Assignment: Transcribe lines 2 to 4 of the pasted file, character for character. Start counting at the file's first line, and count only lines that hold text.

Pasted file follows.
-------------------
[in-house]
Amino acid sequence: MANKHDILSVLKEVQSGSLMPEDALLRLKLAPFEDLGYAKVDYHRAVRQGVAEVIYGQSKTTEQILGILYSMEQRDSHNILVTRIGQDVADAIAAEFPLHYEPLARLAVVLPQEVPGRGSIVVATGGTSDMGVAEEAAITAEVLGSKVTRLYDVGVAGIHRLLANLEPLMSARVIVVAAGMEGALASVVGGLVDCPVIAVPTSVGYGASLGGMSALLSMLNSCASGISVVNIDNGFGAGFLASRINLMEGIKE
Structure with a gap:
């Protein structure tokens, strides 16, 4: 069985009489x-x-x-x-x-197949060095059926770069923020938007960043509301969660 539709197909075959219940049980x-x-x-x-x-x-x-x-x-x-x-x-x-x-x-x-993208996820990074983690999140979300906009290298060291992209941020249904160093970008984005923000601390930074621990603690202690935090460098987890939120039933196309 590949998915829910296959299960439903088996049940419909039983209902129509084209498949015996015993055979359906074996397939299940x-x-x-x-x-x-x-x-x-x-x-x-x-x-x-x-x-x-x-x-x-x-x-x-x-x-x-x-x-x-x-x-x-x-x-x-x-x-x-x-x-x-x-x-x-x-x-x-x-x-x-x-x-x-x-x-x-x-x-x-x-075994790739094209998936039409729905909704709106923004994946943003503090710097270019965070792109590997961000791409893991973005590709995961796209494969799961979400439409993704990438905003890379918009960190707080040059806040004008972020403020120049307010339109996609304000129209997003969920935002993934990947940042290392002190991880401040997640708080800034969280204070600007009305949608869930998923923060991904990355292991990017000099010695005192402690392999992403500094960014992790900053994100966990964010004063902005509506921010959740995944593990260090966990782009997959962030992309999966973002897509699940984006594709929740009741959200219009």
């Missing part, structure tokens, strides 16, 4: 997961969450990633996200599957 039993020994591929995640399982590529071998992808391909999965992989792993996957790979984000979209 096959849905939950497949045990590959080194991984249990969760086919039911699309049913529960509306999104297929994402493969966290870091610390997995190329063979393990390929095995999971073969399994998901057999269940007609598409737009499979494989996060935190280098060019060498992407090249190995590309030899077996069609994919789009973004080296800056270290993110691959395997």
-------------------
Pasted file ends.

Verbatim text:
Amino acid sequence: MANKHDILSVLKEVQSGSLMPEDALLRLKLAPFEDLGYAKVDYHRAVRQGVAEVIYGQSKTTEQILGILYSMEQRDSHNILVTRIGQDVADAIAAEFPLHYEPLARLAVVLPQEVPGRGSIVVATGGTSDMGVAEEAAITAEVLGSKVTRLYDVGVAGIHRLLANLEPLMSARVIVVAAGMEGALASVVGGLVDCPVIAVPTSVGYGASLGGMSALLSMLNSCASGISVVNIDNGFGAGFLASRINLMEGIKE
Structure with a gap:
């Protein structure tokens, strides 16, 4: 069985009489x-x-x-x-x-197949060095059926770069923020938007960043509301969660 539709197909075959219940049980x-x-x-x-x-x-x-x-x-x-x-x-x-x-x-x-993208996820990074983690999140979300906009290298060291992209941020249904160093970008984005923000601390930074621990603690202690935090460098987890939120039933196309 590949998915829910296959299960439903088996049940419909039983209902129509084209498949015996015993055979359906074996397939299940x-x-x-x-x-x-x-x-x-x-x-x-x-x-x-x-x-x-x-x-x-x-x-x-x-x-x-x-x-x-x-x-x-x-x-x-x-x-x-x-x-x-x-x-x-x-x-x-x-x-x-x-x-x-x-x-x-x-x-x-x-075994790739094209998936039409729905909704709106923004994946943003503090710097270019965070792109590997961000791409893991973005590709995961796209494969799961979400439409993704990438905003890379918009960190707080040059806040004008972020403020120049307010339109996609304000129209997003969920935002993934990947940042290392002190991880401040997640708080800034969280204070600007009305949608869930998923923060991904990355292991990017000099010695005192402690392999992403500094960014992790900053994100966990964010004063902005509506921010959740995944593990260090966990782009997959962030992309999966973002897509699940984006594709929740009741959200219009």